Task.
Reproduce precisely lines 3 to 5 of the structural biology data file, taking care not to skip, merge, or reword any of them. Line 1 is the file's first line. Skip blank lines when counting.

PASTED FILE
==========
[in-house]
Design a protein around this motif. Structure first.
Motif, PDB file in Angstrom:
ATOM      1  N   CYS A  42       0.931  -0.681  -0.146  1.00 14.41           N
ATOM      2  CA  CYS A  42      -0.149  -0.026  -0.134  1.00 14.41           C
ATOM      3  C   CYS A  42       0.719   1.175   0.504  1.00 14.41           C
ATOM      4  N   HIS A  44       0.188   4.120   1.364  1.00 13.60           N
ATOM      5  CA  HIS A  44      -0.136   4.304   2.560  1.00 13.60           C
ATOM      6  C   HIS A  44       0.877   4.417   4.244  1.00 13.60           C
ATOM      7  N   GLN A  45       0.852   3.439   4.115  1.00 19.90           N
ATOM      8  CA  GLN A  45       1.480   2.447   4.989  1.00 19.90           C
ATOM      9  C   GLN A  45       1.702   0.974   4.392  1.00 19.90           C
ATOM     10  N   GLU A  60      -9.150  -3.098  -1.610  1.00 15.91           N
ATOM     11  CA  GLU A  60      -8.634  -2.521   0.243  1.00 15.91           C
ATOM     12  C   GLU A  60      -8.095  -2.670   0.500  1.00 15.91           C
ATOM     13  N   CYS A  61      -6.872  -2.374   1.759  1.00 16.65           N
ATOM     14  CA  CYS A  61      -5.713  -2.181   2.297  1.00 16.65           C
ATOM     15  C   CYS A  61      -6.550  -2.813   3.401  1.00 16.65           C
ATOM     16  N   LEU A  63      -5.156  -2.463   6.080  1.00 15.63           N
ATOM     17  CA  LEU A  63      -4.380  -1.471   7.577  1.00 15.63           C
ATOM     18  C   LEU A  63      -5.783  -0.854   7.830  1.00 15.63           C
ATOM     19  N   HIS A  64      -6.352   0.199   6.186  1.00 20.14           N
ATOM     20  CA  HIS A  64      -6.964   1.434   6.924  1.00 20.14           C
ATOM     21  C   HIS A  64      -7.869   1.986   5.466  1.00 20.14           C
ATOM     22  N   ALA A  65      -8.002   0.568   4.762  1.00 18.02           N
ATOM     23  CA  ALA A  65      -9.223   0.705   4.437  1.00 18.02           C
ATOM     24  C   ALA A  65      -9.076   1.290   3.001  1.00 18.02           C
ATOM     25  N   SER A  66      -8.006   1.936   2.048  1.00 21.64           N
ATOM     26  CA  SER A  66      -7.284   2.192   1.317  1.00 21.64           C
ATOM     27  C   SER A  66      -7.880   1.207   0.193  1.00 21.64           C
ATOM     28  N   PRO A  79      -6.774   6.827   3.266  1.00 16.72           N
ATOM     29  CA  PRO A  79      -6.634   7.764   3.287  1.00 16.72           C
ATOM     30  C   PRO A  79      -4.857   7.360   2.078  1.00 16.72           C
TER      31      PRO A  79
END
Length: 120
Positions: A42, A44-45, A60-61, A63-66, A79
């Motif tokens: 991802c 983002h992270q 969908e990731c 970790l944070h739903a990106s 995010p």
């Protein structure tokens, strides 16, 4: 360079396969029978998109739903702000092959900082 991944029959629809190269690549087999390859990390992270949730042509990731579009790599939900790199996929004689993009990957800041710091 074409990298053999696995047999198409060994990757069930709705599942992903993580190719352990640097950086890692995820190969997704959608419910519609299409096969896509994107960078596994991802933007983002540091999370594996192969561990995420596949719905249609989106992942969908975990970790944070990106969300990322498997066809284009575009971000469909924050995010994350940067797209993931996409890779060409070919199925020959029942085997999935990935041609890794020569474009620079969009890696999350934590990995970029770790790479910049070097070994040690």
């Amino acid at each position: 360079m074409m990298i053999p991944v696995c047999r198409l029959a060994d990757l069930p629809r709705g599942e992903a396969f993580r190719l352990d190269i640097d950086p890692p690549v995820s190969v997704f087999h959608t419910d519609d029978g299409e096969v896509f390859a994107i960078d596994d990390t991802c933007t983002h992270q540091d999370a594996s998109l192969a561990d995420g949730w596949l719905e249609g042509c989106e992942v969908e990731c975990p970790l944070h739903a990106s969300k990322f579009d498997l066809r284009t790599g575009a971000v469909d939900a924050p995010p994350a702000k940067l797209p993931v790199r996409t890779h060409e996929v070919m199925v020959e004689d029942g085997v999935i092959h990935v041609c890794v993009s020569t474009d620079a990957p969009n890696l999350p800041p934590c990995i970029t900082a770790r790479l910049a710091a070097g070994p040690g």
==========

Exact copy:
Motif, PDB file in Angstrom:
ATOM      1  N   CYS A  42       0.931  -0.681  -0.146  1.00 14.41           N
ATOM      2  CA  CYS A  42      -0.149  -0.026  -0.134  1.00 14.41           C